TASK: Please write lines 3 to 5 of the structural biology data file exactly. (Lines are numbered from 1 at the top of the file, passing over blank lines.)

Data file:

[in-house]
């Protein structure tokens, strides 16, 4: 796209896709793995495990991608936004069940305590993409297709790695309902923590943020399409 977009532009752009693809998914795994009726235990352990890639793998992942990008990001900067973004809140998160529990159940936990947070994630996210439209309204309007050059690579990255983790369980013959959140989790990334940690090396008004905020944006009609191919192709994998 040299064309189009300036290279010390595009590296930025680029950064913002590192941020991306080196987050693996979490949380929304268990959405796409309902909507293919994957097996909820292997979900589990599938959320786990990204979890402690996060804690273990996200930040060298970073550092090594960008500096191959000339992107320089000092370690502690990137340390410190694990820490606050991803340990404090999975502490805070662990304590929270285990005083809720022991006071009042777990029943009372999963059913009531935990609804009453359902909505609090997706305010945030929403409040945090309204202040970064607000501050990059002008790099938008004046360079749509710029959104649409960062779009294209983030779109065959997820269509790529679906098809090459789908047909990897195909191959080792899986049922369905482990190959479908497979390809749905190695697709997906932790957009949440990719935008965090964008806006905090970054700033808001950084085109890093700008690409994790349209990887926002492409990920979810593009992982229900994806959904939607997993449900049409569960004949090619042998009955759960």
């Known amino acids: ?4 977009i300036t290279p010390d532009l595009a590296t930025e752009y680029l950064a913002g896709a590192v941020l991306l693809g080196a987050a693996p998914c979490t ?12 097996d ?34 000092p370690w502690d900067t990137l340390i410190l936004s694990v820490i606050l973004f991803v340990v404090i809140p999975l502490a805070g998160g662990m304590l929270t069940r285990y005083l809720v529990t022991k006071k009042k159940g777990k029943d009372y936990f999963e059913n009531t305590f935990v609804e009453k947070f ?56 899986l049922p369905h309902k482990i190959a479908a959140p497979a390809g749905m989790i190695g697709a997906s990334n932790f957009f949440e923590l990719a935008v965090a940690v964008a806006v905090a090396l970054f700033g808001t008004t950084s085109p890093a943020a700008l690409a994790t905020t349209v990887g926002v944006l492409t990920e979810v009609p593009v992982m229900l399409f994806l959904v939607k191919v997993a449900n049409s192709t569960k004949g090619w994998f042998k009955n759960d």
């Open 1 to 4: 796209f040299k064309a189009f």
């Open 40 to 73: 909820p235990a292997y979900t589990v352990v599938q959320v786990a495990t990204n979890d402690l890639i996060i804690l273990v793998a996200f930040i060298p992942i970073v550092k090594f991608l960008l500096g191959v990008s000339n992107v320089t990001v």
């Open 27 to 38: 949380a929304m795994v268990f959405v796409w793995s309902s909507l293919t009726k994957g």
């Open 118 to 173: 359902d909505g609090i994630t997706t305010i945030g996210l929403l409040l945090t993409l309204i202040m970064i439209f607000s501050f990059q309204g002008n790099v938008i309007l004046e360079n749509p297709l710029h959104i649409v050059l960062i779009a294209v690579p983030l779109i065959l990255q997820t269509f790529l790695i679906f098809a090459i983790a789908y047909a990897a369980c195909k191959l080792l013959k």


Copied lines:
């Known amino acids: ?4 977009i300036t290279p010390d532009l595009a590296t930025e752009y680029l950064a913002g896709a590192v941020l991306l693809g080196a987050a693996p998914c979490t ?12 097996d ?34 000092p370690w502690d900067t990137l340390i410190l936004s694990v820490i606050l973004f991803v340990v404090i809140p999975l502490a805070g998160g662990m304590l929270t069940r285990y005083l809720v529990t022991k006071k009042k159940g777990k029943d009372y936990f999963e059913n009531t305590f935990v609804e009453k947070f ?56 899986l049922p369905h309902k482990i190959a479908a959140p497979a390809g749905m989790i190695g697709a997906s990334n932790f957009f949440e923590l990719a935008v965090a940690v964008a806006v905090a090396l970054f700033g808001t008004t950084s085109p890093a943020a700008l690409a994790t905020t349209v990887g926002v944006l492409t990920e979810v009609p593009v992982m229900l399409f994806l959904v939607k191919v997993a449900n049409s192709t569960k004949g090619w994998f042998k009955n759960d």
């Open 1 to 4: 796209f040299k064309a189009f």
């Open 40 to 73: 909820p235990a292997y979900t589990v352990v599938q959320v786990a495990t990204n979890d402690l890639i996060i804690l273990v793998a996200f930040i060298p992942i970073v550092k090594f991608l960008l500096g191959v990008s000339n992107v320089t990001v």